On Tuesday, May 8th, the Laurier Centre for Sustainable Food Systems held an all-day orientation for incoming summer research assistants. The program included sessions on research ethics, worker health and safety, participatory action research, and research communications. The gathering brought together expert and novice FLEdGE researchers working in the Northwest Territories and Southern Ontario FLEdGE Research Nodes to share experiences, discuss the challenges and benefits of participatory action research, and build a community of practice.
Dr. Alison Blay-Palmer, director of the Laurier Centre for Sustainable Food Systems (LCSFS) and Principal Investigator for FLEdGE, opened the day by welcoming the early career researchers to the LCSFS and walking them through the many national and international projects taking place throughout the FLEdGE network. Dr. Blay-Palmer then engaged the research assistants in a lively discussion about conducting food systems research with community partners. In their community-driven research efforts, Dr. Blay-Palmer sees student researchers as ambassadors for Laurier, the Laurier Centre for Sustainable Food Systems, and the FLEdGE network. “Student research assistants with the Laurier Centre for Sustainable Food Systems work directly with communities and conduct innovative sustainable food systems research,” she explained. “They make meaningful and impactful contributions to the changing landscape of sustainable food systems research. Here at the CSFS we’re doing everything we can to ensure that they have the support they need to do their amazing work.”
Following a field research safety briefing by Andrew Good, Health and Safety Specialist with Laurier’s Safety, Health, Environment, and Risk Management department, the program turned to the practical considerations of doing participatory action research. Drawing on their personal field research experiences, FLEdGE research node leads Dr. Theresa Schumilas and Dr. Andrew Spring offered their insights into the benefits and challenges of working directly with communities. Dr. Schumilas stressed the importance of good planning for participatory action research but added that, in order to truly work with communities, “you have to give it the plan up and become an equal participant in the research.” Dr. Spring talked about the role of patience, flexibility, and adaptability in participatory action research and acknowledged that research assistants are asked to “put a lot of trust” in the research process. “That’s why coming together to talk about our research experiences is so important,” Dr. Spring continued. “There are amazing success stories throughout the FLEdGE network, so if things do get complicated, there are a number of people that can provide support.”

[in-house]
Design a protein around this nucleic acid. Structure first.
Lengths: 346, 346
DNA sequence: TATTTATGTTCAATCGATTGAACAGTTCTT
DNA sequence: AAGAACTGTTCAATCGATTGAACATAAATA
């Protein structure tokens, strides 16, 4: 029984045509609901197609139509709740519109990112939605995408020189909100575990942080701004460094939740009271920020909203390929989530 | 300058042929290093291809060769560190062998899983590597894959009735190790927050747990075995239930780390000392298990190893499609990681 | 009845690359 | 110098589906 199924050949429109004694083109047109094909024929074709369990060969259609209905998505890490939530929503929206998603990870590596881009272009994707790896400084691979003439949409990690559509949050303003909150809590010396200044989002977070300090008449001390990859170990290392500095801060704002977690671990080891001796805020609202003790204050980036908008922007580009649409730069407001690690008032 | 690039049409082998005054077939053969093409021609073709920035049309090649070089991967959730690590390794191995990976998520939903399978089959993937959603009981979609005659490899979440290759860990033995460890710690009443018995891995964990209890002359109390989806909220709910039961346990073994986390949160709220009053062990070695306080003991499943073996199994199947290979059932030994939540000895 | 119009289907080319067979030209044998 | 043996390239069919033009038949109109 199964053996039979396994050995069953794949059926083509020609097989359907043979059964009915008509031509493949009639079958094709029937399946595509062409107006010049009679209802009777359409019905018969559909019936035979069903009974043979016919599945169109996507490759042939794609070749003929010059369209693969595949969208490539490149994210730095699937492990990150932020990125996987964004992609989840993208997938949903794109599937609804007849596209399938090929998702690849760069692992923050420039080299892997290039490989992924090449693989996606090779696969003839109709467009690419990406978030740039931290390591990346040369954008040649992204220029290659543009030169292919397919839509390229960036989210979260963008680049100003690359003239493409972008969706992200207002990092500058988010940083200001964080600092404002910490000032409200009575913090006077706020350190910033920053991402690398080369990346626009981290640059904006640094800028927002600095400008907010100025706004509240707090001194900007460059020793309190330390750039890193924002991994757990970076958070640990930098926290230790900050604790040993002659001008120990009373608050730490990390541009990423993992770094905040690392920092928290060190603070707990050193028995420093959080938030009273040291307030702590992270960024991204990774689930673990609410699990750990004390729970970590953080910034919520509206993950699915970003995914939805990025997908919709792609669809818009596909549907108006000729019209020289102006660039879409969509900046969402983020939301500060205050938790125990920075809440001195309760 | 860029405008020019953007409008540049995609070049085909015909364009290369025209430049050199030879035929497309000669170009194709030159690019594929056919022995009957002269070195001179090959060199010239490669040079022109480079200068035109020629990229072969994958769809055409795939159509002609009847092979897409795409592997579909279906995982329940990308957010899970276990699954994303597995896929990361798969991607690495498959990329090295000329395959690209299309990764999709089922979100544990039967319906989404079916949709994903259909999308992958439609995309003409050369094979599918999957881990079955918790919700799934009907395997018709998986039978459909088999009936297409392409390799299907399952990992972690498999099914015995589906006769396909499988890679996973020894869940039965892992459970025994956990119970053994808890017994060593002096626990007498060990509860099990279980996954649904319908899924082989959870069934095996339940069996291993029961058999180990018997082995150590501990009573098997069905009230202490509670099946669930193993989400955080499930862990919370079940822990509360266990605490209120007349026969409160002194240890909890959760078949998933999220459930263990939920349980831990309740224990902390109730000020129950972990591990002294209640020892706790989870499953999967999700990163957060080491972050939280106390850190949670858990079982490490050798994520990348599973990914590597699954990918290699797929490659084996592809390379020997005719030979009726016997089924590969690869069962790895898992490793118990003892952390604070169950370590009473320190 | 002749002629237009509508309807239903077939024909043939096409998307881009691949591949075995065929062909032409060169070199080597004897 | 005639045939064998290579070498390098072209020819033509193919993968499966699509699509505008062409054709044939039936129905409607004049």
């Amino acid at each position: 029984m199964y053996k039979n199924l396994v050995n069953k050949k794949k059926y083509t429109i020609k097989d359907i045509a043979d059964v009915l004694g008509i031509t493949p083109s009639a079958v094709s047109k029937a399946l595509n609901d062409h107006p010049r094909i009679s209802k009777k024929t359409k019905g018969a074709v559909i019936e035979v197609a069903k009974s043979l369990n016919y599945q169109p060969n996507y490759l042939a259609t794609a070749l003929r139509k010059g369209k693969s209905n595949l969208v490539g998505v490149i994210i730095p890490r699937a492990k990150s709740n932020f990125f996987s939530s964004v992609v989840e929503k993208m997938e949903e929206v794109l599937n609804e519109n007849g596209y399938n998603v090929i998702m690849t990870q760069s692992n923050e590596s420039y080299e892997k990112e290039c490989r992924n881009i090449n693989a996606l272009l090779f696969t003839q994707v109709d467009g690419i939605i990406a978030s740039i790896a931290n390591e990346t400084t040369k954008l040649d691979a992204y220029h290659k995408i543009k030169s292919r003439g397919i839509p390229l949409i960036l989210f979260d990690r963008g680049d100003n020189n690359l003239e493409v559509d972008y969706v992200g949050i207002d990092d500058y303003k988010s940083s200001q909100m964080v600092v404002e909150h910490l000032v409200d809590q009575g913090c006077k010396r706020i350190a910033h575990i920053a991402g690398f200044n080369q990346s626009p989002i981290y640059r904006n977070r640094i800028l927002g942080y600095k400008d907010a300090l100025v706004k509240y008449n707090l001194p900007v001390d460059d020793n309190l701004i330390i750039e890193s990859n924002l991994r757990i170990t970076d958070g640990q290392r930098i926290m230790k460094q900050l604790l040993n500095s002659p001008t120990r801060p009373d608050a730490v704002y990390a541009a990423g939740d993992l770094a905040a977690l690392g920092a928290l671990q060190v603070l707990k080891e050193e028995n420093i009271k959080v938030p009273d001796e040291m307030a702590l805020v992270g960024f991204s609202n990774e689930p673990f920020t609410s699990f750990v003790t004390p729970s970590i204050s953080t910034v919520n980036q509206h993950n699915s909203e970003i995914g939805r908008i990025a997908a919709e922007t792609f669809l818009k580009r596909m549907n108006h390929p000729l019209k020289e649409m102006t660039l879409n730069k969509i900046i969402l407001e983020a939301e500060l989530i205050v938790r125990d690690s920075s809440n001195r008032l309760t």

The day wrapped up with an informal discussion about research communications and social media for early career researchers led by Amanda Di Battista, the project co-ordinator at the Laurier Centre for Sustainable Food Systems.
We wish all of the Laurier Centre for Sustainable Food Systems’ research assistants and graduate students an excellent summer of sustainable food systems research.
For more information about the Laurier Centre for Sustainable Food Systems please contact Amanda Di Battista at email@example.com.